The economic recovery is still not strong enough to persuade New York Fed President William Dudley that it's time to cut back on the central bank's stimulus program.
In a speech Monday, Dudley listed several key risks in the months ahead: Rising mortgage rates already sapped some momentum out of the housing recovery, consumers and businesses are still hesitant to spend, international trade shows few signs of picking up, and the federal budget and debt ceiling debates in Congress certainly don't help.
Taken altogether, the outlook simply isn't good enough for the Fed to start winding down its bond-buying program, which currently entails buying $85 billion in Treasuries and mortgage-backed securities each month, Dudley said.
"I'd like to see economic news that makes me more confident that we will see continued improvement in the labor market," he said.
Bad news about the economy is still good news for stocks though, because investors are eager for more Fed stimulus. A pullback had been widely expected at the most recent meeting. When the Fed made the decision last Wednesday not to "taper" its asset purchases, stocks rallied.
But some people, including one Fed official, questioned whether choosing to do nothing would hurt the Fed's credibility, after sending repeated signals that a taper was likely.
Richard Fisher, president of the Dallas Federal Reserve, said Monday that he strongly objected to the decision to stand pat. Fisher is not a voting member of this year's policymaking committee, though each Fed participant gets a say in the discussion.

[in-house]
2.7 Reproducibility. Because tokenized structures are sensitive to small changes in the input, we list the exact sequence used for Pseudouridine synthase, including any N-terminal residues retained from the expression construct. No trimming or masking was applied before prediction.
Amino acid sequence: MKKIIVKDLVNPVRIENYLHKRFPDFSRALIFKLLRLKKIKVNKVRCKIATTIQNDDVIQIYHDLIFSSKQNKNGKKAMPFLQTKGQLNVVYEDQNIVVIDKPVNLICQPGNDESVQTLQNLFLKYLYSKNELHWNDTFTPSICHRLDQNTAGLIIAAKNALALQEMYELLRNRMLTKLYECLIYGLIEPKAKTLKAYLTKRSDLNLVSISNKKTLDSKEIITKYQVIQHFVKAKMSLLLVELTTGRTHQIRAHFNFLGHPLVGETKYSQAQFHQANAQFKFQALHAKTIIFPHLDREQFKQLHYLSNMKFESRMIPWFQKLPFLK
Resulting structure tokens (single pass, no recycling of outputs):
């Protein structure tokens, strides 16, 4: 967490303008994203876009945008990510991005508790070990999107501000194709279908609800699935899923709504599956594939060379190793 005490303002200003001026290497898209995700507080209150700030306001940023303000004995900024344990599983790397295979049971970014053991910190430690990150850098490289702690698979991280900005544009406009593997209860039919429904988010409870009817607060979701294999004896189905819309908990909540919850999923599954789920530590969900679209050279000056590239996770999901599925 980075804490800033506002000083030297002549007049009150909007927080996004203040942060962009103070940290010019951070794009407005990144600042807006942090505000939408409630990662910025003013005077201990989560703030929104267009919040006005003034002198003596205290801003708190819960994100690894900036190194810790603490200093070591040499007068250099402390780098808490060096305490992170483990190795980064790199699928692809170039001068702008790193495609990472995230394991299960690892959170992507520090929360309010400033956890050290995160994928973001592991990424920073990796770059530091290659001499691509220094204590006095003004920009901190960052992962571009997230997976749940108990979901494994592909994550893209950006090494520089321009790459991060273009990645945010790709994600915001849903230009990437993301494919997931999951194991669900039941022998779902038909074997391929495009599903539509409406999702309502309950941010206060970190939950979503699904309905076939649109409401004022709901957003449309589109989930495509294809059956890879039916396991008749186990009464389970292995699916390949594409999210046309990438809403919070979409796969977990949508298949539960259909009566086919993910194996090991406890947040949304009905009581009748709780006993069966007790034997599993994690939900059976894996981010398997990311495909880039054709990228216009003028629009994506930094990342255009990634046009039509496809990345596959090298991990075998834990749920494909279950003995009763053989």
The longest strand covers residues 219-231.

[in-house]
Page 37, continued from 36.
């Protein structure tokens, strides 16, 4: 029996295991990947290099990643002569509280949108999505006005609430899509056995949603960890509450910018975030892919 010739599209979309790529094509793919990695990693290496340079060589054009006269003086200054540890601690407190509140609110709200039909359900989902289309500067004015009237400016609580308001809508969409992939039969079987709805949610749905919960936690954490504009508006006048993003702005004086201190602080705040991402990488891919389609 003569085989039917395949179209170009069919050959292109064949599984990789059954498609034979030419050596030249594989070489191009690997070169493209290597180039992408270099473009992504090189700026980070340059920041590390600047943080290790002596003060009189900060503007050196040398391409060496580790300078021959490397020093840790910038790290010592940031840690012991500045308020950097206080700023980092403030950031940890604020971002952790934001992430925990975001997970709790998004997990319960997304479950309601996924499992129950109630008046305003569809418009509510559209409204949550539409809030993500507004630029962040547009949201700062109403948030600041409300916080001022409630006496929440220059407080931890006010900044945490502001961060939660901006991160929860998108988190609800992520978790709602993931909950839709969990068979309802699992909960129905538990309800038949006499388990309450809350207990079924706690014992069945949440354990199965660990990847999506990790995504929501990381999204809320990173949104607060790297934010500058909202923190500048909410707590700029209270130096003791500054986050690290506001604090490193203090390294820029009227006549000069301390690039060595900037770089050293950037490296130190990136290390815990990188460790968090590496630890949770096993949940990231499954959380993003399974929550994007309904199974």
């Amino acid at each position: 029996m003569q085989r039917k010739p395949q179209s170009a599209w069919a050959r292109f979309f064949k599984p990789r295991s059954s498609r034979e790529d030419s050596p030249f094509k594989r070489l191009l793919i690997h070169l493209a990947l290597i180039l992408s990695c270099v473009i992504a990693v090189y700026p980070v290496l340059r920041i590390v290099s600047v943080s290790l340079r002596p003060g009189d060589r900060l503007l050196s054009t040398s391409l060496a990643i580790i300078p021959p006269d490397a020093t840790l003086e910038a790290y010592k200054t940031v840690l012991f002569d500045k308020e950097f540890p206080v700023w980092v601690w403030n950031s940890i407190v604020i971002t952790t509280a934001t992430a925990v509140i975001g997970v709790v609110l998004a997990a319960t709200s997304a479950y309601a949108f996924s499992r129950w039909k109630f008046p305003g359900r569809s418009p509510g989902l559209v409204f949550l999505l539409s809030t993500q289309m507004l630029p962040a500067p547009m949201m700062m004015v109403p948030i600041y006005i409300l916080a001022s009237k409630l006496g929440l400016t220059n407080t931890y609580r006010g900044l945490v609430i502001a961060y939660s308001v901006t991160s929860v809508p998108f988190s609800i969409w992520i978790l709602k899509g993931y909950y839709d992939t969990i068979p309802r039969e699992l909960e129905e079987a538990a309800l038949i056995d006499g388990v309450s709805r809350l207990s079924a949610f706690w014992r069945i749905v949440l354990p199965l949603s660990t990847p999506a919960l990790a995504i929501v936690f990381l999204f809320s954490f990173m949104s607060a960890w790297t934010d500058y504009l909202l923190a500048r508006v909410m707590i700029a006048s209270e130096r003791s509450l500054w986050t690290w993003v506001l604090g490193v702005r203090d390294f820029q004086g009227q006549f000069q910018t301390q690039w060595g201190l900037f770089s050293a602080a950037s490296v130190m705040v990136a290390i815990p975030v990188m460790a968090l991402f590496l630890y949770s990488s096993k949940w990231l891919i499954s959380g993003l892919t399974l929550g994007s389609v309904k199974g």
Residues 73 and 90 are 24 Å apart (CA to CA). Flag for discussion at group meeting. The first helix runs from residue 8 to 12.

In a speech, Fisher said he told Bernanke at last week's meeting that "doing nothing ... would increase uncertainty about the future conduct of policy and call the credibility of our communications into question," Fisher said he told Bernanke at the meeting.
"I believe that is exactly what has occurred, though I take no pleasure in saying so," Fisher added in his speech.
Fed officials have stressed that although they'll eventually start winding down the bond-buying program, they still plan to keep short-term interest rates near zero for the foreseeable future.
The Fed has said it's aiming for the unemployment rate to fall to 6.5% threshold before it will be ready to raise interest rates, but Dudley said Monday that the Fed may wait until it's even lower than that.
"It is still hard for those who are unemployed to find jobs," Dudley said, pointing to data that shows there are three unemployed workers per job opening.
"We might wait a long time after we breach the threshold before we begin to raise our federal funds rate target," he said.
Dudley serves as vice chairman of the Federal Reserve's policymaking committee, and his views are considered closely aligned with Chairman Ben Bernanke and Vice Chair Janet Yellen.